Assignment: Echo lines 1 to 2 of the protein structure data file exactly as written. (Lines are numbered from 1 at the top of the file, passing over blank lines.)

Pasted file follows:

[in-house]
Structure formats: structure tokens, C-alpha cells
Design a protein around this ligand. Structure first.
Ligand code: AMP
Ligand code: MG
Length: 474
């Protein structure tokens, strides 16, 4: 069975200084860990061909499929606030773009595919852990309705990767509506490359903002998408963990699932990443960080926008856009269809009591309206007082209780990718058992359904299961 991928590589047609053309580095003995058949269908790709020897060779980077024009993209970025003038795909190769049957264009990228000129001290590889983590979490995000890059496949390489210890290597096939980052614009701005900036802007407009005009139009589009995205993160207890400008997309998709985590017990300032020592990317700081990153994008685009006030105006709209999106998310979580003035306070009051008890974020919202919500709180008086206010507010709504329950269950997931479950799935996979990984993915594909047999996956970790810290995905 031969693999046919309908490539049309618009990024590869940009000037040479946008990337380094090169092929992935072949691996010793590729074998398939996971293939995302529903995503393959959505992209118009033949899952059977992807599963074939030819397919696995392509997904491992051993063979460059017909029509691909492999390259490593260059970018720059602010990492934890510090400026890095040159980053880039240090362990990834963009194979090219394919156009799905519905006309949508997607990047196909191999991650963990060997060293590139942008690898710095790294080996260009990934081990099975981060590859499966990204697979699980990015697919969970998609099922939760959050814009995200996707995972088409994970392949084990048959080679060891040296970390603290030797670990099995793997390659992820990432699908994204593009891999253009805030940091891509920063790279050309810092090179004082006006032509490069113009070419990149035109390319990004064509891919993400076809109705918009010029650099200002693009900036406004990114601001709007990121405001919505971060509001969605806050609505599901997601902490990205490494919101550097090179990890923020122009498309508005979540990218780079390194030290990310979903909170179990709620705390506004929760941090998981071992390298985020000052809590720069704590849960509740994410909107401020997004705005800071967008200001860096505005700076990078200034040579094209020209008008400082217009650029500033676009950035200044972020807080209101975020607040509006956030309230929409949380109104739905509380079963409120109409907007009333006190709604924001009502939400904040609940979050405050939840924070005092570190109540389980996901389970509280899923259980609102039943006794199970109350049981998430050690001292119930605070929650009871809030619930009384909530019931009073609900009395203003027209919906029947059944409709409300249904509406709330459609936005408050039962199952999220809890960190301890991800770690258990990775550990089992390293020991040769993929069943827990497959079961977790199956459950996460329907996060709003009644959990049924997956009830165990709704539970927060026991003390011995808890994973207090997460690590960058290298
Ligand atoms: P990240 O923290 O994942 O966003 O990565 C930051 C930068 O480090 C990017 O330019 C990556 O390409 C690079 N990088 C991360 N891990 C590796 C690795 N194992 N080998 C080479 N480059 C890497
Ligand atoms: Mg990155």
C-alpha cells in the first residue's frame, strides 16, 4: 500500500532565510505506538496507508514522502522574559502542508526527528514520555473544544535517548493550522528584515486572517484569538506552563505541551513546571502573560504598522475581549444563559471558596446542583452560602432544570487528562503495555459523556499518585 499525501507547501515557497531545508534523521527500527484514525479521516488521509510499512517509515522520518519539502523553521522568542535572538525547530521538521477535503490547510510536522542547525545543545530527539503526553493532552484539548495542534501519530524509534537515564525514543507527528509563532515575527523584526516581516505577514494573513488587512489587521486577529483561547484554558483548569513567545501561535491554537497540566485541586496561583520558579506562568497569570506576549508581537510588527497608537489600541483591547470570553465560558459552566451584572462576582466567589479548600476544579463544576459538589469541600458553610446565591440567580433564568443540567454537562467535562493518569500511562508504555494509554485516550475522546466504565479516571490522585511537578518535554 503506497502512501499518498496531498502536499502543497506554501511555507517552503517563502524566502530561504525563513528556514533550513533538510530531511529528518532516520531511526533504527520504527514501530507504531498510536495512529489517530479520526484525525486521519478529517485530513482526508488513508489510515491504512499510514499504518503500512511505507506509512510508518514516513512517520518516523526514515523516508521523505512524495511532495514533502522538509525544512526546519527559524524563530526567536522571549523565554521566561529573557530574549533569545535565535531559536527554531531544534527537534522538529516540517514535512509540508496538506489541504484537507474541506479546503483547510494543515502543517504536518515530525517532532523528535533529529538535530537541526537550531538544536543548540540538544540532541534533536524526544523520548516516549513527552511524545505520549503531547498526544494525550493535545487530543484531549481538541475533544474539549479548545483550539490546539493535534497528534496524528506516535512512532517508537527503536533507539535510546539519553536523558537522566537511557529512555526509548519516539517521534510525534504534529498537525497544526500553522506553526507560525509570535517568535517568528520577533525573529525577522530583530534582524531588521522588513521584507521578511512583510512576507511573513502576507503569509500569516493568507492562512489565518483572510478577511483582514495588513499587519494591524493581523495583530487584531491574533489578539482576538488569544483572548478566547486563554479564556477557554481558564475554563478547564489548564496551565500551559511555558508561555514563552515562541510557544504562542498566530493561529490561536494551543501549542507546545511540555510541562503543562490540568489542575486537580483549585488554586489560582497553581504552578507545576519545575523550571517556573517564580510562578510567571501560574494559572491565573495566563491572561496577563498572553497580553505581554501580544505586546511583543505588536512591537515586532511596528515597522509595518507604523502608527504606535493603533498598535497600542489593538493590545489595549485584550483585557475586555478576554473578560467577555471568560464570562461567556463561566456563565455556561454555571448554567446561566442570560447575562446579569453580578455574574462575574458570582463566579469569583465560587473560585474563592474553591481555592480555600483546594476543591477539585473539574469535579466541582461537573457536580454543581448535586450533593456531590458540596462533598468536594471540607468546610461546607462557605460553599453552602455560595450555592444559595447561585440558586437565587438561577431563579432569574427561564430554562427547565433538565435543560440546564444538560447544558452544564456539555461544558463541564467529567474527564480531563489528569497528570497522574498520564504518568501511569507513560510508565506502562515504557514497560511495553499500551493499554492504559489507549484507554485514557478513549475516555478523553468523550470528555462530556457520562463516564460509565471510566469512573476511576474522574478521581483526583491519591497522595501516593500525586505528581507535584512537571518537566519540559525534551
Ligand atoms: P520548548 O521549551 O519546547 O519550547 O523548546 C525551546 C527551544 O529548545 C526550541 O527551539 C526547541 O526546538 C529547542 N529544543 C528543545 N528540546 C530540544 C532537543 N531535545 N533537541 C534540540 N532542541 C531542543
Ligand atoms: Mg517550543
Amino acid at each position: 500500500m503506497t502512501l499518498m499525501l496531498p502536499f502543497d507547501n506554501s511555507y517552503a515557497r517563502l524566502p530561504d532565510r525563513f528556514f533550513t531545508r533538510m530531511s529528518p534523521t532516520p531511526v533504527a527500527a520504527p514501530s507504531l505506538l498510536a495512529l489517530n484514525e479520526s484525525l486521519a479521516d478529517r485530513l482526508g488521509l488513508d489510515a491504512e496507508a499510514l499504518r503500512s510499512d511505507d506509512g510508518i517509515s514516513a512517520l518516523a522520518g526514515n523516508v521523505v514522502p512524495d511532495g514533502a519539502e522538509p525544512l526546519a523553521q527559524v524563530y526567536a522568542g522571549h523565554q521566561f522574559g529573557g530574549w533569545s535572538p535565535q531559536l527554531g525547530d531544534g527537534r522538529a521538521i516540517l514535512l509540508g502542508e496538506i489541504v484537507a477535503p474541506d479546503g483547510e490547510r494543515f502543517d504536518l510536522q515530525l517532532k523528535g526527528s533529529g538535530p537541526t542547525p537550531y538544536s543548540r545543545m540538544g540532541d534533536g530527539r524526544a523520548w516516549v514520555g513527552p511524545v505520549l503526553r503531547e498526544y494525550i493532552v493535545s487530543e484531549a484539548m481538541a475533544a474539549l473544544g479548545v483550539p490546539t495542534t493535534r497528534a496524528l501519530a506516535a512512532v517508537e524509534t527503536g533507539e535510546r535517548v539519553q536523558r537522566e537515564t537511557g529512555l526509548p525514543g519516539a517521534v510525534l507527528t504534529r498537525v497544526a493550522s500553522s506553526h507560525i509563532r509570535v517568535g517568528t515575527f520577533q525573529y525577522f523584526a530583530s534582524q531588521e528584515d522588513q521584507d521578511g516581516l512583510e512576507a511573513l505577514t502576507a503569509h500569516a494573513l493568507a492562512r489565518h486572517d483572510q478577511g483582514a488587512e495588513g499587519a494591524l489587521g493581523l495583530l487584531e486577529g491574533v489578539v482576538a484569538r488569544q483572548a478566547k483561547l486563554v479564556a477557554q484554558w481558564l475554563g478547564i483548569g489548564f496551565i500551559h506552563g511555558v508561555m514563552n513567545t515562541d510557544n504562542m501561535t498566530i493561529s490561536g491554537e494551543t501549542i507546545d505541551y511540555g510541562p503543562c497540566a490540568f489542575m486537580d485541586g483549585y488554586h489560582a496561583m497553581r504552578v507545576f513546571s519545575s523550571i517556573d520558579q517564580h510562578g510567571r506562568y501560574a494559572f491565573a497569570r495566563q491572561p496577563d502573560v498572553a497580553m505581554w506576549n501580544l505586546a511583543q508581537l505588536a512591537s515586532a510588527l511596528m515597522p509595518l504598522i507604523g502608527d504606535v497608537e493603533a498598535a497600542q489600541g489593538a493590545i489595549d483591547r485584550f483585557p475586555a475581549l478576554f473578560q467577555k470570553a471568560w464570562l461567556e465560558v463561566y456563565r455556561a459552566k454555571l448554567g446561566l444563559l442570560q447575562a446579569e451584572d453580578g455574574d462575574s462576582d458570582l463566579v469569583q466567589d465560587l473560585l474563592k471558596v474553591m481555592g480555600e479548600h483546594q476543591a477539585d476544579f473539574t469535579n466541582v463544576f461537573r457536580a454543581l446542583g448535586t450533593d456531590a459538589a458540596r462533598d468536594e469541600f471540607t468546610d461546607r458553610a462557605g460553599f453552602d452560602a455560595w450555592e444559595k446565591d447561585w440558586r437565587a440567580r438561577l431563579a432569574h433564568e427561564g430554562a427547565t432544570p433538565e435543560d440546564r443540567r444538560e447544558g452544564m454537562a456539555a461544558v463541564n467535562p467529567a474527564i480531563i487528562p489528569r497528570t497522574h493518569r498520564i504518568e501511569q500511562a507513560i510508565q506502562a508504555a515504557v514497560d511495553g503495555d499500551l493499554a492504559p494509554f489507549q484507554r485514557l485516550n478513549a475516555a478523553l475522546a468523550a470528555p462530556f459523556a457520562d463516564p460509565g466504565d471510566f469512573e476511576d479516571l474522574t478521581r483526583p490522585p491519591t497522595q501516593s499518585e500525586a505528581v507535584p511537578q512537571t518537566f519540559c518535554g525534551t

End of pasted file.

[in-house]
Structure formats: structure tokens, C-alpha cells